Woodworking - shortening bed legs made of mango wood?
February 4, 2021 8:48 AM   Subscribe

We just bought this bed. We had measured to confirm that we could fit the headboard through the door, but we neglected to measure the clearance of the staircase going to our master bedroom - the headboard is just barely too big to fit up the staircase. If we trimmed the legs by just 2 inches or so, we could get the whole thing to fit up the stairs. I have zero woodworking experience - is it a bad idea to try cutting the legs myself?

There are a lot of posts online about trimming Ikea beds with a handsaw, the only difference here is that the bed is made of heavier mango wood. In this video, a guy uses a double-edged pull saw along with some clamps and a low-edge block plane for a table, which seems like it would work? The legs that I'd be cutting are two inches thick. Are there any useful guides/important things I should know for a project like this?
posted by UncleBoomee to Home & Garden (14 answers total) 1 user marked this as a favorite
I'd ask around for help from a woodworking friend if at all possible. This isn't a terribly difficult task, but the painted finish will be intolerant of mistakes; it will mar easily, and chips will be conspicuous.

Don't buy a block plane unless you plan to start a woodworking hobby. Expensive high-end tools excepted, new planes are effectively kits rather than functional tools.
posted by jon1270 at 9:02 AM on February 4, 2021 [1 favorite]

Looking at those pictures there's all sorts of stuff going on at the legs, you could end up with whatever facing material they've used hanging loose. But here's how I would do it:
-Wrap the legs in masking tape where you need to cut them.
-Mark cut line on at least the two outside faces.
-Using any old saw (seriously, a cheap coping saw, big rip or crosscut saw, whatever you've got handy) do your best to cut across squarely. The masking tape will keep anything that comes loose from flying away, and help stop chips where the saw exits.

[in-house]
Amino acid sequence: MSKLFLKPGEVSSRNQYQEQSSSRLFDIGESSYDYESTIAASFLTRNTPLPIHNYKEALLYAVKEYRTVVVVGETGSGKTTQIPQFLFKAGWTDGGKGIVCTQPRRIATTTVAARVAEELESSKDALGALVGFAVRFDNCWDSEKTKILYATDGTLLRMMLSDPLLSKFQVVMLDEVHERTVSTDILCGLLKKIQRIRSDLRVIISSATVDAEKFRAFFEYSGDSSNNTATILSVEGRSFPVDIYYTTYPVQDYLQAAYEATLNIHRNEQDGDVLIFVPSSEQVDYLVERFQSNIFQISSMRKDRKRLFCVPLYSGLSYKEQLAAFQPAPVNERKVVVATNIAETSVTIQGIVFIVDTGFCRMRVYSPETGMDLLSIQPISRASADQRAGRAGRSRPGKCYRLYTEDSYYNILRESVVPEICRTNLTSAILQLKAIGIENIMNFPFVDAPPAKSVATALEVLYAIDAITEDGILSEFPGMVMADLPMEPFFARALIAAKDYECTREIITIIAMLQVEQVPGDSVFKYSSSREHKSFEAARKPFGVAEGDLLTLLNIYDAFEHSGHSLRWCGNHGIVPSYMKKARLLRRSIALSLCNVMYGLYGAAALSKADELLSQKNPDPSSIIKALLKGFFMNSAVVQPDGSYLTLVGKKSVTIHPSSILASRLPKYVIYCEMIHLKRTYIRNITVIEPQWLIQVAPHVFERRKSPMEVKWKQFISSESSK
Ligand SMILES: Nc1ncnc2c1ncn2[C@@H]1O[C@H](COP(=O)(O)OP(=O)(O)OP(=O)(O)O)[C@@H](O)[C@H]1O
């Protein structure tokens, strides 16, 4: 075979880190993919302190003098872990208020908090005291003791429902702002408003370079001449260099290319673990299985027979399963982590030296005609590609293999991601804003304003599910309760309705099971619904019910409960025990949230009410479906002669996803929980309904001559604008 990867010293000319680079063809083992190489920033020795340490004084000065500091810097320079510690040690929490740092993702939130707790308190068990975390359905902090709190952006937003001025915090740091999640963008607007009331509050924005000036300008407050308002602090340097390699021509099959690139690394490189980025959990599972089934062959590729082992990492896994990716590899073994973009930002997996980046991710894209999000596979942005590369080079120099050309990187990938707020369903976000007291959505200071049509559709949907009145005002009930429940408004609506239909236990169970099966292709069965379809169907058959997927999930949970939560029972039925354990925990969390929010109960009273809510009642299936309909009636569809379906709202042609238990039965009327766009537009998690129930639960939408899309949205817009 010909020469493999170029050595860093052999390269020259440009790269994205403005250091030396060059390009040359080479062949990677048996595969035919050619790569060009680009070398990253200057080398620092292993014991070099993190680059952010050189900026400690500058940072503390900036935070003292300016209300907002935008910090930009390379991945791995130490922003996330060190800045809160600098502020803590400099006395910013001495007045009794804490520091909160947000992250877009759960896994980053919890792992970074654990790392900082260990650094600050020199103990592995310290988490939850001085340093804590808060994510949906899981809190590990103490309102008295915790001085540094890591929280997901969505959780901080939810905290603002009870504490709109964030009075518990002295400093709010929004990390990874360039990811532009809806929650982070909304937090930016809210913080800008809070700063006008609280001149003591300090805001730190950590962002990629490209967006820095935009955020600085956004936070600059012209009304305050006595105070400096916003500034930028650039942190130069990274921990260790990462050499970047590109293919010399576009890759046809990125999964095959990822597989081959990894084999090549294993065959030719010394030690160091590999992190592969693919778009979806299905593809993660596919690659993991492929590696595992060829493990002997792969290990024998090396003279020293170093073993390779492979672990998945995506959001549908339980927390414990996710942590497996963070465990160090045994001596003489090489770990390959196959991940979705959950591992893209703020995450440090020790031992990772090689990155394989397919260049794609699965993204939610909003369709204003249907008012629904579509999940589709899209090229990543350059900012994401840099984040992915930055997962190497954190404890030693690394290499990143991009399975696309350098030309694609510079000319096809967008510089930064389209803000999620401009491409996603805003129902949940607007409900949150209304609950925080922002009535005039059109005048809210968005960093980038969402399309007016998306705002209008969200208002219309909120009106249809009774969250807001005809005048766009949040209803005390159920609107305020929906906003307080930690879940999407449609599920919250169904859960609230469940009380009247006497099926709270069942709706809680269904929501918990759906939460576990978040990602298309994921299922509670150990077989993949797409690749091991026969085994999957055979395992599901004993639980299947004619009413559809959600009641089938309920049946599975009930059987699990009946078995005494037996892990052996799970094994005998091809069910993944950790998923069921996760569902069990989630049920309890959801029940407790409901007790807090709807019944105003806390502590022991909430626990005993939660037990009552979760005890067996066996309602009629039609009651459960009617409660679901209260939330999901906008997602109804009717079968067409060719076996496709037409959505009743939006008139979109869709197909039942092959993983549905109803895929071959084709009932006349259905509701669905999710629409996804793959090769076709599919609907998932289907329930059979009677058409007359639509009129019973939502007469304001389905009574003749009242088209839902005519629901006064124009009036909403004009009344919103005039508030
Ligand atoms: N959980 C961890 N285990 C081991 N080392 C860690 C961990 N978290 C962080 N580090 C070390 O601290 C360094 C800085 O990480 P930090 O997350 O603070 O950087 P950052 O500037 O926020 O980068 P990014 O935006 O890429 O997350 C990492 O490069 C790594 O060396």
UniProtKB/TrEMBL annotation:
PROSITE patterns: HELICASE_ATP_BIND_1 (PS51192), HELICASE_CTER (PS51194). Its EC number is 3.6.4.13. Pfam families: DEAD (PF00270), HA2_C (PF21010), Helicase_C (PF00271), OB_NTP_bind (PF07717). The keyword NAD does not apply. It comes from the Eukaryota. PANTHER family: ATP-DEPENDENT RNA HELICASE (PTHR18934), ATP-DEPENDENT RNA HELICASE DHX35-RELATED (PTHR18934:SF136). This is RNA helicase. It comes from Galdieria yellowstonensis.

-Make your cut entrance on the outside face, then any chipping is more likely to happen where it won't be seen.

Figure out cleaning up the legs once it's inside. If the cuts are nice, and it's solid wood all the way through, you might have a decent chance of joining them back together.
posted by Jobst at 9:27 AM on February 4, 2021 [1 favorite]

It looks like the bed frame bolts to the headboard (instead of having its own legs). Is that true?

If not - just do the think that nork889 suggests in that reddit thread. mark some lines and cut with any saw (pull saws are nice! ones with lots of tiny teeth will be easier to work with). A light scoring before cutting (with a knife) will help reduce the likelihood of an ugly cut.

If it is supporting the bed frame, you have 3 options
1) just cut the headboard legs and always sleep with your feet uphill - use trig ratios to get just the right cut for this. Much fancier.
2) cut all 4 legs (do the headboard ones first for practice because the foot of the bed will be more visible)
3) cut the headboard legs and then return them to their original length.
3a) ask someone with woodworking experience for help (unless they are a magician, this will be a visible repair), or
3b) buy some "bed lifts", and cut the legs shorter by [height of lift].

The plane in the video was about preventing chipout when sliding the table. I don't think you'll be sliding your bed often. You can accomplish the same thing with sandpaper or a hand file, and it is way simpler to do (unless you want a woodworking hobby as suggested above! It's fun!)
posted by Acari at 9:28 AM on February 4, 2021 [1 favorite]

Planing is a real skill, and relies in sharpening and aligning the blade correctly. If you don't already use a plane, would not plan on using one for this. You can chamfer the edges of the cut pretty easily with sandpaper or a file instead. This is worth doing because it discourages the wood from chipping and catching if the bed needs moved.

Personally I have always cut legs by measuring carefully, scoring with a blade along the cut line to guide the saw (and discourage paint chipping), clamping the leg to *something* and then cutting with a handsaw. If I understand correctly, the bed is not assembled? I would be wary of trying the block trick shown in that video unless you are sure you can hold the headboard firm and absolutely upright somehow, otherwise wobble will ruin your cut.

Cutting legs is absolutely something an amateur can do, if you are slow and careful, but if you have a woodworking friend they will be much better at cutting straight.
posted by stillnocturnal at 9:30 AM on February 4, 2021

Bonus Paul Sellers telling you how to cut straight
posted by Acari at 9:33 AM on February 4, 2021 [1 favorite]